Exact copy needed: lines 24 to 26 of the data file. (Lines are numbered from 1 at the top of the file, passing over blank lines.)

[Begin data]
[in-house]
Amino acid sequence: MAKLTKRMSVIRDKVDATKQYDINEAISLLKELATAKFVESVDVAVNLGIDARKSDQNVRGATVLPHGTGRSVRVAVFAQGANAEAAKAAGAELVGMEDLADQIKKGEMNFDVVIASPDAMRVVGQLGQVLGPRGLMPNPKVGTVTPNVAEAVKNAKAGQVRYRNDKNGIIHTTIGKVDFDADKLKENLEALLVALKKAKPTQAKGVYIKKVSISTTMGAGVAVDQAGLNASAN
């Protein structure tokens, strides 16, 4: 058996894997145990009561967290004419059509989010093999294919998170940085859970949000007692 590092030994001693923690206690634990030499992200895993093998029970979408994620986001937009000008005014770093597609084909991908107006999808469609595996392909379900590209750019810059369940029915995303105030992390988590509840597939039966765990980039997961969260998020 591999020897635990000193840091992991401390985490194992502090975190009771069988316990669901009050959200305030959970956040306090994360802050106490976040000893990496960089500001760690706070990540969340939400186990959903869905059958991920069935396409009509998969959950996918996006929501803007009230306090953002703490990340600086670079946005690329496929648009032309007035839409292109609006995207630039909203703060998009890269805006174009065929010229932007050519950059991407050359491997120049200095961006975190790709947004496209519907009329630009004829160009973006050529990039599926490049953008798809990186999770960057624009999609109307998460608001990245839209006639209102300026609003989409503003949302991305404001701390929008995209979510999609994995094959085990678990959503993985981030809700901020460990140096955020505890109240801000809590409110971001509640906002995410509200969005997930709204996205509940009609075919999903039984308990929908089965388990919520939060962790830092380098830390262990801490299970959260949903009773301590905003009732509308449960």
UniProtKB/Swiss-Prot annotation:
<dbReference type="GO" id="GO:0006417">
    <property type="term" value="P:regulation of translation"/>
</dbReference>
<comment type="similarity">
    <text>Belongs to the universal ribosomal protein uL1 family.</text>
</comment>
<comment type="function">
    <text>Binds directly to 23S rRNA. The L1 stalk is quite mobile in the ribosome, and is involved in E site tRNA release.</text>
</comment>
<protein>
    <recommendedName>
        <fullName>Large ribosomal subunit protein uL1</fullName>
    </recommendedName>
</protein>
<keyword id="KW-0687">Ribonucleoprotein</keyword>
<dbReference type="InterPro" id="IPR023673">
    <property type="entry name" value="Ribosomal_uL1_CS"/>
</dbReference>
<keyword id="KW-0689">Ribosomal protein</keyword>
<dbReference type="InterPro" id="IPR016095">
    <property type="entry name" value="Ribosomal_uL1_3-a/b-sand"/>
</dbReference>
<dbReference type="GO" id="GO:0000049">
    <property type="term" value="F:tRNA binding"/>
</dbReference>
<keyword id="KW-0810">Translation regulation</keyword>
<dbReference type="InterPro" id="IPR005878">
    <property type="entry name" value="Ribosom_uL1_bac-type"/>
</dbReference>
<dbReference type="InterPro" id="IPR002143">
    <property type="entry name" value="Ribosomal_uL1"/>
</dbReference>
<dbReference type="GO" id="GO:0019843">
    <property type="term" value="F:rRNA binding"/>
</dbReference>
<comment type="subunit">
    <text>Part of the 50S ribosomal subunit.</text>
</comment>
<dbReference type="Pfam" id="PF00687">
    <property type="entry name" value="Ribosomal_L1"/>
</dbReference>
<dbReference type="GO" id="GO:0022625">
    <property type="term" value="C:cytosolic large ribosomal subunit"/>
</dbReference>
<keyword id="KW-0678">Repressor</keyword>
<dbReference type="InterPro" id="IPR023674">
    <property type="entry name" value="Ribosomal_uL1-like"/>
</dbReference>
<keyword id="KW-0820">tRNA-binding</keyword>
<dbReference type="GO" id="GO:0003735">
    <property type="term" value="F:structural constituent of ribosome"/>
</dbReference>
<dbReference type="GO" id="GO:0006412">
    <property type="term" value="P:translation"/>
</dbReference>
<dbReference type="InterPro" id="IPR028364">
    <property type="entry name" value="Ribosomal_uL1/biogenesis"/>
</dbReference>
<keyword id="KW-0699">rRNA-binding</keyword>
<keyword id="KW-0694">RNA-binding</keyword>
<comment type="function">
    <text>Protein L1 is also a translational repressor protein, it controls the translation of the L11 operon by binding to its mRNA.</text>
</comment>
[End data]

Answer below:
<dbReference type="InterPro" id="IPR016095">
    <property type="entry name" value="Ribosomal_uL1_3-a/b-sand"/>
</dbReference>